The new Treasury Secretary nominee, Stephen Mnuchin (who has no doubt suffered since his crib as “Munchkin”) wasted no time at all to announce the end of Fannie Mae and Freddie MAC (government-sponsored enterprises, the “GSEs”).

  • The Treasury Secretary nominee, Stephen Mnuchin, asserted that the GSEs have been "displacing private lending in the mortgage market" and said they'd be removed from government control.
  • The risk to the economy -- and in this case specifically to housing -- will be the nature of the lurch out of gridlock.
  • Once in a while, government can do things better than markets, which can result in anti-competition.

The new Treasury Secretary nominee, Stephen Mnuchin (who has no doubt suffered since his crib as “Munchkin”) wasted no time at all to announce the end of Fannie Mae and Freddie MAC (government-sponsored enterprises, the “GSEs”).

Mnuchin asserted that the GSEs have been “displacing private lending in the mortgage market.” The GSEs will be ”moved out of government control,” and “…we’ll make sure that when they’re restructured, they’re absolutely safe.”

Donald Trump’s election and the single-party control of the White House and Congress means the end to a long period of gridlock and to a solid 16-year period of ineptitude and inaction by Treasury Secretaries.

Previously impossible actions will happen, some quickly — some good, and some not.

The lurch out of gridlock

The risk to the economy — and in this case specifically to housing — will be the nature of the lurch out of gridlock.

The greatest hazard is not Trump himself, nor anything about him, and the hazard would be just as great if the Democrats suddenly gained control; the hazard is enactment of looney-fringe economic theology.

The right side of politics distrusts or hates outright nearly any aspect of government. Yet both political wings were fans of the GSEs in the years 1980 through 2005, when the GSEs departed their charters and became bloated investment companies — popular among politicians so long as they were good for profits and big contributions to campaigns.

Once the GSEs became entangled in the Bubble, they were pariahs, untouchables. They had to be taken over in 2008 by the Treasury (conservatorship), collapse unthinkable.

Since then, many inventive proposals have floated by, none within miles of maintaining a steady supply of cheap mortgage credit.

One other political player: Banks have always hated the GSEs, unable to compete.

Mnuchin is with them — the signal is that line about displacing private lending. The bankers’ solution to the competition problem: Kill the GSEs and add 1 or 2 percent to mortgage rates, all to benefit bankers.

Will the market be a better steward than the government?

I am a fan of markets. We should trust markets whenever we can.

But once in a while, government can do things better than markets. The United States Marine Corps. Social Security. The FBI.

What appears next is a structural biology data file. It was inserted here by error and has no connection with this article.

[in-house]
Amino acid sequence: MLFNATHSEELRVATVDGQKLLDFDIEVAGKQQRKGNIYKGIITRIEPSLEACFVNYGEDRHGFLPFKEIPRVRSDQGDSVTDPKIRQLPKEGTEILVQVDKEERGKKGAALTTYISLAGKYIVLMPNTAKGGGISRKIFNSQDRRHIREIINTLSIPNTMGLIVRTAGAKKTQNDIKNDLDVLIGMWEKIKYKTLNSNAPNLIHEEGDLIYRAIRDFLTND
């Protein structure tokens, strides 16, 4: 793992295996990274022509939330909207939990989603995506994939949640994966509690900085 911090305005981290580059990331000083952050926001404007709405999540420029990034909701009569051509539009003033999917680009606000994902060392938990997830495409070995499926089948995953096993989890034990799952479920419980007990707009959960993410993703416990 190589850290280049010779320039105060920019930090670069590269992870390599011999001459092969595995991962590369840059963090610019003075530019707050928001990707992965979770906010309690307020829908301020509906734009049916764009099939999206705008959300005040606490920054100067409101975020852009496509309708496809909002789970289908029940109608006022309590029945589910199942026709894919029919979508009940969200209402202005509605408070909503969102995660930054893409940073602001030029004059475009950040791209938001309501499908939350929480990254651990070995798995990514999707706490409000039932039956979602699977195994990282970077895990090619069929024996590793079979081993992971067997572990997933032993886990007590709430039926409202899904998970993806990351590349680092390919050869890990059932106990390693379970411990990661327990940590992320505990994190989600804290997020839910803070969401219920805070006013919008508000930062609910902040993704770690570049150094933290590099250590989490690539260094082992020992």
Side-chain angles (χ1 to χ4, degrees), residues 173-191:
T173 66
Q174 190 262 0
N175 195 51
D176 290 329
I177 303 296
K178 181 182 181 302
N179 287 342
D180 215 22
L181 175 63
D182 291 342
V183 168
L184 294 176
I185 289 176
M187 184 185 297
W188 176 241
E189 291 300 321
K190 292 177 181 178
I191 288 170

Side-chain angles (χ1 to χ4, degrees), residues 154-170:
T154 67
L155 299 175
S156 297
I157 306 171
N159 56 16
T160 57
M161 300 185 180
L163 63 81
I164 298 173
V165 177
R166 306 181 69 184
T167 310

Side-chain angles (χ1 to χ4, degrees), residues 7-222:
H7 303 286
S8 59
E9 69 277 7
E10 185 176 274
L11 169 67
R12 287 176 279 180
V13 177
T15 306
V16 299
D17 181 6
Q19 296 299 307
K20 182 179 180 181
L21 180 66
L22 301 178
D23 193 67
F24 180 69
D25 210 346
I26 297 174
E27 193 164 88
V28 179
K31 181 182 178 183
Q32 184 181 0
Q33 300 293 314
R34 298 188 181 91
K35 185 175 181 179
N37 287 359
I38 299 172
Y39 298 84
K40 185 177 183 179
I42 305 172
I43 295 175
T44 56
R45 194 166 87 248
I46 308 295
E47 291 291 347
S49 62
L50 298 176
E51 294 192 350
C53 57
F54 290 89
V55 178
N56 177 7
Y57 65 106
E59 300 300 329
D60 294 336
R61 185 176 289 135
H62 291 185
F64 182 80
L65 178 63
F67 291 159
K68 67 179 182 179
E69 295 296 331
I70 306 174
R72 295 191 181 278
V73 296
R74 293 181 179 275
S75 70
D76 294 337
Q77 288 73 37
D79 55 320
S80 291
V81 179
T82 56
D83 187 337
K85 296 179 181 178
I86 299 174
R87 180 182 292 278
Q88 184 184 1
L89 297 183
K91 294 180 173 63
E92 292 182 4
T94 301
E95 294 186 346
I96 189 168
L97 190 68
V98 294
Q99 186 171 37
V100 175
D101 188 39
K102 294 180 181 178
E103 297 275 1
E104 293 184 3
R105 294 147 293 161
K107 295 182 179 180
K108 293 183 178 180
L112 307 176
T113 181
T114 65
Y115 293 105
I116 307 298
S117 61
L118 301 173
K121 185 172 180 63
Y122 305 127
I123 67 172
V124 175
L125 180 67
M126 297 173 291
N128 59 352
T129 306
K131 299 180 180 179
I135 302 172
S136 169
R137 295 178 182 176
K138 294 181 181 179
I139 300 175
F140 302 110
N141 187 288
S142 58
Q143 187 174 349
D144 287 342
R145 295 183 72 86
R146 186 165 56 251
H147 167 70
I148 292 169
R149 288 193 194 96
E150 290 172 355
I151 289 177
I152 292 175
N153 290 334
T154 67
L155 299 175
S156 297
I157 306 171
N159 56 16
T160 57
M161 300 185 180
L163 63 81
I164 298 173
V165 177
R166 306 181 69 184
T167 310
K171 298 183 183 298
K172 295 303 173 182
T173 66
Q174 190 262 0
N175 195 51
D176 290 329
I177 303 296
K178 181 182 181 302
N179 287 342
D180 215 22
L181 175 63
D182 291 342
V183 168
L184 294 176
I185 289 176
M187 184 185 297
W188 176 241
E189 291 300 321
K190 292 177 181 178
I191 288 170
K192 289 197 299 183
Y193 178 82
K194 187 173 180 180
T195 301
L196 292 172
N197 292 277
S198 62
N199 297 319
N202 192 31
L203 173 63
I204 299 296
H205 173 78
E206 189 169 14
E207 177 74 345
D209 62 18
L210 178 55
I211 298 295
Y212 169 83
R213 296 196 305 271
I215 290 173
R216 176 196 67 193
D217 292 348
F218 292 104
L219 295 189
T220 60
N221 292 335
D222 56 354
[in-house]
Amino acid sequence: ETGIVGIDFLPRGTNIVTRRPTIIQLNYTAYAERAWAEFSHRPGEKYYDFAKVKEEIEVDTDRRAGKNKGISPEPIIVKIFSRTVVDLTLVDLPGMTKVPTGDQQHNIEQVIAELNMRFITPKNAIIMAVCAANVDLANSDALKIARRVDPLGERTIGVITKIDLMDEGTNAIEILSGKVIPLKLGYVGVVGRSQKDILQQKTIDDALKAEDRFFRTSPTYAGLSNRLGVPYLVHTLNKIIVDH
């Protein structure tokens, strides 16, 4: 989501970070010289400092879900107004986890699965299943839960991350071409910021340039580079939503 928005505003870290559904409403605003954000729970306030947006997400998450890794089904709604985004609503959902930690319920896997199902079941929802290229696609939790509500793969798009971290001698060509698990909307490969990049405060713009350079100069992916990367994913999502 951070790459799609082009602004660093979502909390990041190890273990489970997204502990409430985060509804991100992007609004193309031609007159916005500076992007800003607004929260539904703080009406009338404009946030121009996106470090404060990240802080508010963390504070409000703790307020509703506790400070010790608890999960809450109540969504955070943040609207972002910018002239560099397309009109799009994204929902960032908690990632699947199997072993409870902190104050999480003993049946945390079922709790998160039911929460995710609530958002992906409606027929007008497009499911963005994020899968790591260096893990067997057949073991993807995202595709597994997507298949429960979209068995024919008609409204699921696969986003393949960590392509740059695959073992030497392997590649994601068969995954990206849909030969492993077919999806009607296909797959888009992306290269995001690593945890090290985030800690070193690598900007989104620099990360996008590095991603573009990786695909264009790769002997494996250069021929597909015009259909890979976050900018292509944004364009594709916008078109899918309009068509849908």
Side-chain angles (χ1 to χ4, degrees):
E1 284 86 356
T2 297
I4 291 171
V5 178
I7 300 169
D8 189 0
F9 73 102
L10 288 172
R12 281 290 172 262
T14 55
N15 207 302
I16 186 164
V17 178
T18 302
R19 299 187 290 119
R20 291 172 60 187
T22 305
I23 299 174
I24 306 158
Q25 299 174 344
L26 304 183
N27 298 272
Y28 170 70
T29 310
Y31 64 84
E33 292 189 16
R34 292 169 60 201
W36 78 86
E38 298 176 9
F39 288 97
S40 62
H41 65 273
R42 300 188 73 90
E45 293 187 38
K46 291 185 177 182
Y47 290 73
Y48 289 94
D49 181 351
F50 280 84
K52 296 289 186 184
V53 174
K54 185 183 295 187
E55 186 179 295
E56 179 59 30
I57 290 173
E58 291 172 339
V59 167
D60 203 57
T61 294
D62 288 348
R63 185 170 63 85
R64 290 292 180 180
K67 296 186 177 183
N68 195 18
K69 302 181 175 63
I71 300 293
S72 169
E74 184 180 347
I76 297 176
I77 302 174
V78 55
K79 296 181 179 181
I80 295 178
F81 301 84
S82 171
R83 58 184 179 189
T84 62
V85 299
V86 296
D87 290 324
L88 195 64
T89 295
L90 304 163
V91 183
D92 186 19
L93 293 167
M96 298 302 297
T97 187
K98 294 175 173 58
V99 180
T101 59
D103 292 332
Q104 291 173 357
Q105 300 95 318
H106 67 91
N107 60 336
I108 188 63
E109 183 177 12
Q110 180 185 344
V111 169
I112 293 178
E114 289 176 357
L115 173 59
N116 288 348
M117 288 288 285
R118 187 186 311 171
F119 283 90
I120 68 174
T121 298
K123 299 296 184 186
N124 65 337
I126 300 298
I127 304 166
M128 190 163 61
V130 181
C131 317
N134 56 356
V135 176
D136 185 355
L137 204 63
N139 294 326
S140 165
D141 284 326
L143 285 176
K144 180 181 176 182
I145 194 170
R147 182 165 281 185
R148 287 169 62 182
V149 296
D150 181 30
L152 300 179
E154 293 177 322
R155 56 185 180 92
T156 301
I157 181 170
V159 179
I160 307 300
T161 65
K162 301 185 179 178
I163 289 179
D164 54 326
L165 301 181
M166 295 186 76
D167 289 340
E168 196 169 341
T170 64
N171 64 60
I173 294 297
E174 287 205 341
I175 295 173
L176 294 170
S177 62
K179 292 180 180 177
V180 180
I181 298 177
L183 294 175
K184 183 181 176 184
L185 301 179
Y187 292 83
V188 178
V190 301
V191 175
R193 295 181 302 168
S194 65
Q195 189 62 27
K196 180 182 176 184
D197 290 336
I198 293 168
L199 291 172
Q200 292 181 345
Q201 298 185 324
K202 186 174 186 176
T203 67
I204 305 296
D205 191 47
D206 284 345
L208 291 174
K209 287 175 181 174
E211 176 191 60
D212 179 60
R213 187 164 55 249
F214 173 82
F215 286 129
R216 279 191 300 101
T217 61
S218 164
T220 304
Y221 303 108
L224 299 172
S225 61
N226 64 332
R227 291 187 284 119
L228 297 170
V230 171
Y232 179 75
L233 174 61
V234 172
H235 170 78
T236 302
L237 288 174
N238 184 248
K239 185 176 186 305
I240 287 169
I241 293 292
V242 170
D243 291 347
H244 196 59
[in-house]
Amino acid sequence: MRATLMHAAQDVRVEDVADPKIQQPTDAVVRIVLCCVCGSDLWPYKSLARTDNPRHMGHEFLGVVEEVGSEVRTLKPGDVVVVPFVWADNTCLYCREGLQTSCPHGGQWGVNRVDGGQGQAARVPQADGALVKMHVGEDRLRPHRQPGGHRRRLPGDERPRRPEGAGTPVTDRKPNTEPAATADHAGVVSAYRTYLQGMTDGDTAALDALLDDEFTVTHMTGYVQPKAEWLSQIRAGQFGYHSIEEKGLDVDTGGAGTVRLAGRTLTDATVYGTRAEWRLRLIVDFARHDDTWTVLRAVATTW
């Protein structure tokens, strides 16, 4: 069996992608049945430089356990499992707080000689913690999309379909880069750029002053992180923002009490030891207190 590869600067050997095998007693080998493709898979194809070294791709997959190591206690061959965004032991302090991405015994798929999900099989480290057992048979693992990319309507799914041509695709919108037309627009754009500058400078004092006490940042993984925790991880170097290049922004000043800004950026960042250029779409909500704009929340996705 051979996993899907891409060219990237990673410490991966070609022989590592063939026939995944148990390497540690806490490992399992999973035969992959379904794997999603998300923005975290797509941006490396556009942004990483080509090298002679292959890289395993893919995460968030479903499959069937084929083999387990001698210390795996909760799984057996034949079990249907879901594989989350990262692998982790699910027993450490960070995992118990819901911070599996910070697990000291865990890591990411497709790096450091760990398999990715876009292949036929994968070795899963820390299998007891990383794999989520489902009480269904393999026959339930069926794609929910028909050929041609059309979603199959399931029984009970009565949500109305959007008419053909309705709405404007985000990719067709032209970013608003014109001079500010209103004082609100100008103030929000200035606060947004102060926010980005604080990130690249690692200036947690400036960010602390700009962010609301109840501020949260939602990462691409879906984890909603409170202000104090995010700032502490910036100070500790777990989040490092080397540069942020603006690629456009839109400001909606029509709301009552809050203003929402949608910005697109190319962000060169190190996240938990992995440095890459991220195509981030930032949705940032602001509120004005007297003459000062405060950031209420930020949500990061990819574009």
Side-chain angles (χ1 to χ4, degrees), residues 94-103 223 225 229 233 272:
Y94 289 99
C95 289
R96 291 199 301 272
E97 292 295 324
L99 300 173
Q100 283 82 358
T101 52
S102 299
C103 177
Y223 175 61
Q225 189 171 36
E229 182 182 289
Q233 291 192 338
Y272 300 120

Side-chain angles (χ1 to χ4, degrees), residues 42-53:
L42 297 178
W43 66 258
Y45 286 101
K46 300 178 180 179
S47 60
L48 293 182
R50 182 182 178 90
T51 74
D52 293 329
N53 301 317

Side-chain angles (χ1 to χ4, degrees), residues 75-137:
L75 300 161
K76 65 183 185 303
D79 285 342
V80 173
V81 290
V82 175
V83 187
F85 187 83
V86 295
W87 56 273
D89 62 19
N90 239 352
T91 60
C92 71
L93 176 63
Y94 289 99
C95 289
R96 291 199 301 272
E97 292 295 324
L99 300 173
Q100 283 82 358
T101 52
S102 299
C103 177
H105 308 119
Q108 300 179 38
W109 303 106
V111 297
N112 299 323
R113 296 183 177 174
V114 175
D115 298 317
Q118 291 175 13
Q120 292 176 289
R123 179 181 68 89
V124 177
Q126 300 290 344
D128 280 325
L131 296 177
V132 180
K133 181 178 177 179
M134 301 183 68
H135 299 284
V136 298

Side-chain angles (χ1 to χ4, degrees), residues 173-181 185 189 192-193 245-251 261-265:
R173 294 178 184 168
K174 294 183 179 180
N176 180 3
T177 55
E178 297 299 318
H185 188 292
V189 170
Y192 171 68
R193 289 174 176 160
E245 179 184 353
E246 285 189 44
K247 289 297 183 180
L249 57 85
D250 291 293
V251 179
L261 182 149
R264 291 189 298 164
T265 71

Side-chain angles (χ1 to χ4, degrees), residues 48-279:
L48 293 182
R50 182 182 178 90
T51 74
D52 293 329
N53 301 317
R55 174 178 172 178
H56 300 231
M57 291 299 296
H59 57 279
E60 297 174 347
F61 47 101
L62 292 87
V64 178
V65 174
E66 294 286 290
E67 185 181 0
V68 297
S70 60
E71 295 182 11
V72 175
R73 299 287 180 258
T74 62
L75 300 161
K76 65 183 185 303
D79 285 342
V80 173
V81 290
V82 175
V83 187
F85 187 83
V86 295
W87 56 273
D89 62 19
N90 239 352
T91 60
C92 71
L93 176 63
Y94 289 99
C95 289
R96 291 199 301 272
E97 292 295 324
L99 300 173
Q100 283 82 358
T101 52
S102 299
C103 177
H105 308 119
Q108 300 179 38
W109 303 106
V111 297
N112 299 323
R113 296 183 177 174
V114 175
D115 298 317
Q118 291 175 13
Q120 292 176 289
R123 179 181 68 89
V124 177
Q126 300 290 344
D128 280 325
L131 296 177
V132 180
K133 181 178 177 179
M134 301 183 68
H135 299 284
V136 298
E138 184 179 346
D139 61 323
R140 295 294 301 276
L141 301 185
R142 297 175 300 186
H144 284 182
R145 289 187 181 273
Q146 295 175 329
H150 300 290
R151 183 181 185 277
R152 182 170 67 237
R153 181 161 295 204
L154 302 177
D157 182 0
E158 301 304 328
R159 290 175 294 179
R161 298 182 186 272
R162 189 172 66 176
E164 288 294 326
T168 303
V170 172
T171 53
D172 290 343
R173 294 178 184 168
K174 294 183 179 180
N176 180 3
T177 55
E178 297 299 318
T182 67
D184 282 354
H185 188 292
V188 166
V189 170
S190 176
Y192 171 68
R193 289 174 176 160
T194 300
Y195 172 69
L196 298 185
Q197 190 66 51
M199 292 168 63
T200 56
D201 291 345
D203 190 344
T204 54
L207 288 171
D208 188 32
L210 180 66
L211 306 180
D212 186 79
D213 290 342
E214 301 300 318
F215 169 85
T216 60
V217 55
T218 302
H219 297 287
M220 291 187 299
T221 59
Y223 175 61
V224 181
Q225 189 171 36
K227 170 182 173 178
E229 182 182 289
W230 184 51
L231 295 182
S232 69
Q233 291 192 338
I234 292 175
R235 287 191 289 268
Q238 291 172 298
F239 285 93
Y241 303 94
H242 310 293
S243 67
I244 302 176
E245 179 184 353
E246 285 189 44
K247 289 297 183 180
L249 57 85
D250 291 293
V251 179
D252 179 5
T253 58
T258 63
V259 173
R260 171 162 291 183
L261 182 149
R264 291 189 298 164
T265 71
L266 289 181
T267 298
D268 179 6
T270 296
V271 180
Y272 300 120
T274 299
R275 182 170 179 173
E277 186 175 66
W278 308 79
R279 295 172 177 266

Look what the free market for drug manufacturing has done to prices. Private competition can result in cartels or anti-competition.

Here are the benefits of the GSEs, so large that they should remain under a government umbrella and with some form of guarantee.

1. Uniform underwriting. All of us in the lending business know GSE-file approval outcomes cold, in the very first client meeting. So do many Realtors and consumers.

The jumbo mortgage market is privatized now, healthy securitization ended in 2007 — and underwriting is widely different from each wholesaler. It’s unpredictable, capricious and changes constantly.

2. Cheap. GSE loans are cheap for more than one reason, but the first is volume of uniform MBSs (mortgage-backed securities).

We have a $6 trillion global market in GSE MBS, all MBS the same. That means liquid — any investor any day can find a liquid market, easy to buy or to sell.

Go back to private-label MBSs, no two the same — those are very expensive to trade, the expense passed on to the consumer.

3. Cheap because of government guarantee.

So, what risk to taxpayers for the guarantee?

Under post-bubble underwriting, GSE loan defaults since 2011 are running at about 10 percent of the levels in the 1970s through 1990s, pre-bubble. In some ways too low, credit too tight.

Also, the risk that required takeover in 2008 is winding down — that was the practice of owning and financing $1.5 trillion in loans.

The GSEs’ proper duty is to operate as guarantors for fee — insurance companies, not giant investors. Yes, the taxpayer will bear some risk in a bad recession, but the taxpayer is the beneficiary of low rates.

However, it is a little early to declare GSEs requiescat in pace. The right has been gunning for the GSEs for a long time and not hit a thing.

There will be a fight.

Lou Barnes is a mortgage broker based in Boulder, Colorado. He can be reached at lbarnes@pmglending.com.

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